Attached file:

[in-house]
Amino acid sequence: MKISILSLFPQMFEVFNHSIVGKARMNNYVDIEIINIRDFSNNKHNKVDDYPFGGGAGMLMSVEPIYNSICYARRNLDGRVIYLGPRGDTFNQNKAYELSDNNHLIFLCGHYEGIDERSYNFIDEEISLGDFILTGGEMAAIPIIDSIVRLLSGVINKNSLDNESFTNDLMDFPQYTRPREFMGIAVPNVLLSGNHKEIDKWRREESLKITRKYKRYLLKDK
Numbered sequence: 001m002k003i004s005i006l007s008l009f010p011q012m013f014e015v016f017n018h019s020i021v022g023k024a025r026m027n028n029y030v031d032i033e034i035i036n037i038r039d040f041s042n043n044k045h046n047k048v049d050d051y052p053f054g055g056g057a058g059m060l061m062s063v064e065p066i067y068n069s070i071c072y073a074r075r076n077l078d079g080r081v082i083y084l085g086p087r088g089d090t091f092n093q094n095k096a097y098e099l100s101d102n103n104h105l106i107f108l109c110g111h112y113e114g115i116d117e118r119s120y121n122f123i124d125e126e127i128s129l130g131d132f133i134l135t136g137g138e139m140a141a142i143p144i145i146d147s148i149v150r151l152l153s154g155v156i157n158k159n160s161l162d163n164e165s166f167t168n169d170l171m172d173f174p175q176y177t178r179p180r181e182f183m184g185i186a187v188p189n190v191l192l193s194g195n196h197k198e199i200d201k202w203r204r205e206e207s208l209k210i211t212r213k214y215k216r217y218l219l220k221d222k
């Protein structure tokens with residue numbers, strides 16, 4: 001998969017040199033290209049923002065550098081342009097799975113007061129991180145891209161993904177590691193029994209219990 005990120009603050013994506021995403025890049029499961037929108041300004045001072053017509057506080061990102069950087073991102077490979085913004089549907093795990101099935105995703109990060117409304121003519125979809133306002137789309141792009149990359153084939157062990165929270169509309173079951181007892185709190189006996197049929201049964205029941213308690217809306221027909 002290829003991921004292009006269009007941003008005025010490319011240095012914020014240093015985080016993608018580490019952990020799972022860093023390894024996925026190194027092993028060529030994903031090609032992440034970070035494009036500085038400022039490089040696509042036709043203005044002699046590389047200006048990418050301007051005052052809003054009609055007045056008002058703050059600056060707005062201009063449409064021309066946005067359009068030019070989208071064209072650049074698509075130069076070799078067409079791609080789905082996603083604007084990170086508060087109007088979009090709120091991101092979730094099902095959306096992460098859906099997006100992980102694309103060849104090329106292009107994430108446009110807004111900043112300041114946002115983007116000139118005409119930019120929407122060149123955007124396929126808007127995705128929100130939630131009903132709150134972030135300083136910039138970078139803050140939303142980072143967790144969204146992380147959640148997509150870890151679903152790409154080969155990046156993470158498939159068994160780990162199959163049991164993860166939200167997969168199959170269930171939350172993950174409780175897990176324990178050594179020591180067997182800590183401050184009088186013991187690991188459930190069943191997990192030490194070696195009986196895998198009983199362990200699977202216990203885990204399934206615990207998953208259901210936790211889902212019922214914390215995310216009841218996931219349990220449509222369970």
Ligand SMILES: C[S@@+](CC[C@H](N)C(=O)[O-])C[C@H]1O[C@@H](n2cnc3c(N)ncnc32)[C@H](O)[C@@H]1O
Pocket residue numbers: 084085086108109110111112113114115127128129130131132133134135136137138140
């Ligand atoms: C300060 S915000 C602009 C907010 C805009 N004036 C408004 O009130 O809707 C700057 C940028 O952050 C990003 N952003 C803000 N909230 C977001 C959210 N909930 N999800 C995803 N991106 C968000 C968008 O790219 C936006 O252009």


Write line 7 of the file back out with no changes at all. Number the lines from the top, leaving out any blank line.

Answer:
């Ligand atoms: C300060 S915000 C602009 C907010 C805009 N004036 C408004 O009130 O809707 C700057 C940028 O952050 C990003 N952003 C803000 N909230 C977001 C959210 N909930 N999800 C995803 N991106 C968000 C968008 O790219 C936006 O252009």